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The Elixir

Date: 
September 28, 2018

When the prophet Isaiah was caught up to heaven, he heard the antiphonal chorus of seraphim, singing:

“Holy, holy, holy is the LORD of hosts,
the whole earth is filled with glory!” (Isaiah 6:3)

The Apostle Paul was given a similar vision:

“Now as he went on his way, he approached Damascus, and suddenly a light from heaven shone around him. And falling to the ground he heard a voice saying to him, ‘Saul, Saul, why are you persecuting me?’ And he said, ‘Who are you, Lord?’ And he said, ‘I am Jesus, whom you are persecuting’.” (Acts 9:3-5)

The scales had fallen from Paul’s eyes and he saw what the seraphim see: the whole earth is filled with the glory of Christ, even the dusty road to Damascus. When he wrote his own hymn to Christ in Colossians 1:15-20, he exalted the One by whom, through whom, and for whom all things were created. Christ is before all things and is preeminent in all things. In him, all things hold together.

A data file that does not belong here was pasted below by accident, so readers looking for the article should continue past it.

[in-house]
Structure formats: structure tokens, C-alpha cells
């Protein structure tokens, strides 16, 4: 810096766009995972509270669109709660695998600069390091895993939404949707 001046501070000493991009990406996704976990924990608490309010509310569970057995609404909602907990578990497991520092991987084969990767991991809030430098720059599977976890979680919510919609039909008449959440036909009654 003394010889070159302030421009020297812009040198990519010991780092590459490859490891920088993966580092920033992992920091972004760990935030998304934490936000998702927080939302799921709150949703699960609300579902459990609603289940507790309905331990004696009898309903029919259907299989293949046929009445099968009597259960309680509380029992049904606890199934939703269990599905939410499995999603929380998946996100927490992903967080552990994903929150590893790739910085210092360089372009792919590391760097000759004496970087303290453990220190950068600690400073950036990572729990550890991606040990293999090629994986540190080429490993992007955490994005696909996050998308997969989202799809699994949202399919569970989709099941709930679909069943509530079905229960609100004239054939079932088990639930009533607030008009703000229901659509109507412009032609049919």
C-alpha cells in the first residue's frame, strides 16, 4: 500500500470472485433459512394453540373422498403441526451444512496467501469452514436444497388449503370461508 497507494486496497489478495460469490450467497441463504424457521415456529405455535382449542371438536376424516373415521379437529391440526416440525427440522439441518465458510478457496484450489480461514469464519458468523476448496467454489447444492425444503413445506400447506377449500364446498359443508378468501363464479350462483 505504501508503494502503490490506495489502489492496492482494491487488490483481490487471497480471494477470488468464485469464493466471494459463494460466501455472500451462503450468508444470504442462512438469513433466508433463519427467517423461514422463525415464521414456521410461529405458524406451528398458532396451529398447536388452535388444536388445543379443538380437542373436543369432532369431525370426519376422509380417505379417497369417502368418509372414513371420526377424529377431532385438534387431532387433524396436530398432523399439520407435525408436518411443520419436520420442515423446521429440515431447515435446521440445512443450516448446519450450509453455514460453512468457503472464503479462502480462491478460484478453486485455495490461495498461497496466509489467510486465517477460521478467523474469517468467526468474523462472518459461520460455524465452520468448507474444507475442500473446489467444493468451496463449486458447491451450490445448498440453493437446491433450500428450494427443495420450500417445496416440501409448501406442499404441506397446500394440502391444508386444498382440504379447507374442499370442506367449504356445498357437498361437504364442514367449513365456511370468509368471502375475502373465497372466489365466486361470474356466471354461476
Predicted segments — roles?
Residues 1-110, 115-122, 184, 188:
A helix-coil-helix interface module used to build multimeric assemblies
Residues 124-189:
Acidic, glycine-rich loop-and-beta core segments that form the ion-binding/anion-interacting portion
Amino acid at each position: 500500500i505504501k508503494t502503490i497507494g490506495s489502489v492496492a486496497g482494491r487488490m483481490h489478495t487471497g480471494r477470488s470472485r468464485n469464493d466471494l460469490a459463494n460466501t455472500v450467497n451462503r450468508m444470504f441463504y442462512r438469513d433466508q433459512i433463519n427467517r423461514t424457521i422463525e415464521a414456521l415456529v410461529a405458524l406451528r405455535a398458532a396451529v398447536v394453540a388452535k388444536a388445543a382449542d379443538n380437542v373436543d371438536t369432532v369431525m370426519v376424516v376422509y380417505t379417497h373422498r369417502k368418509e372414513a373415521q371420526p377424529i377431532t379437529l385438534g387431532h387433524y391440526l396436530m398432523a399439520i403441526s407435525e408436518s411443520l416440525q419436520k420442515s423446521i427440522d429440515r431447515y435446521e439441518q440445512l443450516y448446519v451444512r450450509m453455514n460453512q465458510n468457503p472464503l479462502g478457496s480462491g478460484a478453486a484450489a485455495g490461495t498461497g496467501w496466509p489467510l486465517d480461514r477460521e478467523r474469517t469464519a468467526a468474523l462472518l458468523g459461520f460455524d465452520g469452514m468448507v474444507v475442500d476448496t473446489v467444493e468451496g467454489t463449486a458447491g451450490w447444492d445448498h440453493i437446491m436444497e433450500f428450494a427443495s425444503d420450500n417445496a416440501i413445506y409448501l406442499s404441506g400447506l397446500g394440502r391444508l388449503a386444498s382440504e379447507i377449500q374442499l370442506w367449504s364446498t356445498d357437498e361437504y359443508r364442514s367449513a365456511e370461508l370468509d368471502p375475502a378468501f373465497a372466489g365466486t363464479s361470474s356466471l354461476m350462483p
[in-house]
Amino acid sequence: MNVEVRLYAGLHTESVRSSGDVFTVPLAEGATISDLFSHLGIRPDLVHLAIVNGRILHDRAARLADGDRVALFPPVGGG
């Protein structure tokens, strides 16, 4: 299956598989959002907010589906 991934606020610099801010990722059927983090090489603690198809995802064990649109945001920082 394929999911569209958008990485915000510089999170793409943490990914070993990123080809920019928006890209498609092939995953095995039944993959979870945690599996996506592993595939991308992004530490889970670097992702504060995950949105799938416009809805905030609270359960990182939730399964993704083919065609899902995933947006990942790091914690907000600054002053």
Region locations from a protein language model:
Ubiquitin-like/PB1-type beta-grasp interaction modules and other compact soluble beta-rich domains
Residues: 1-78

Once the scales had fallen from his eyes, Paul lived every moment of life in the light from heaven, in view of the glory of Christ, because “Christ is all, and in all” (Col 3:11). For this reason, he exhorts us, “And whatever you do, in word or deed, do everything in the name of the Lord Jesus, giving thanks to God the Father through him” (Col 3:17). This sanctified vision of the world and daily life is presented to us in George Herbert’s poem, The Elixir. “Elixir” is a term that comes from the ancient and medieval practice of alchemy. People in the ancient and medieval world were obsessed with alchemy. The goal of alchemy was to discover a special stone, known as the “philosophers stone,” which could be ground up into a powder or “elixir” and mixed in a liquid such as alcohol to produce a “tincture.” If the right recipe was found, it was believed that the tincture could turn base metals into precious metals, cure diseases, and even grant immortality.

Herbert uses the vocabulary of alchemy to give poetic expression to Paul’s sanctified and Christ-centered vision of life. In my next note to the church, I’ll offer my thoughts on the poem. For now, I leave it with you, for your reading and rumination, and I encourage you to discuss it with one another.

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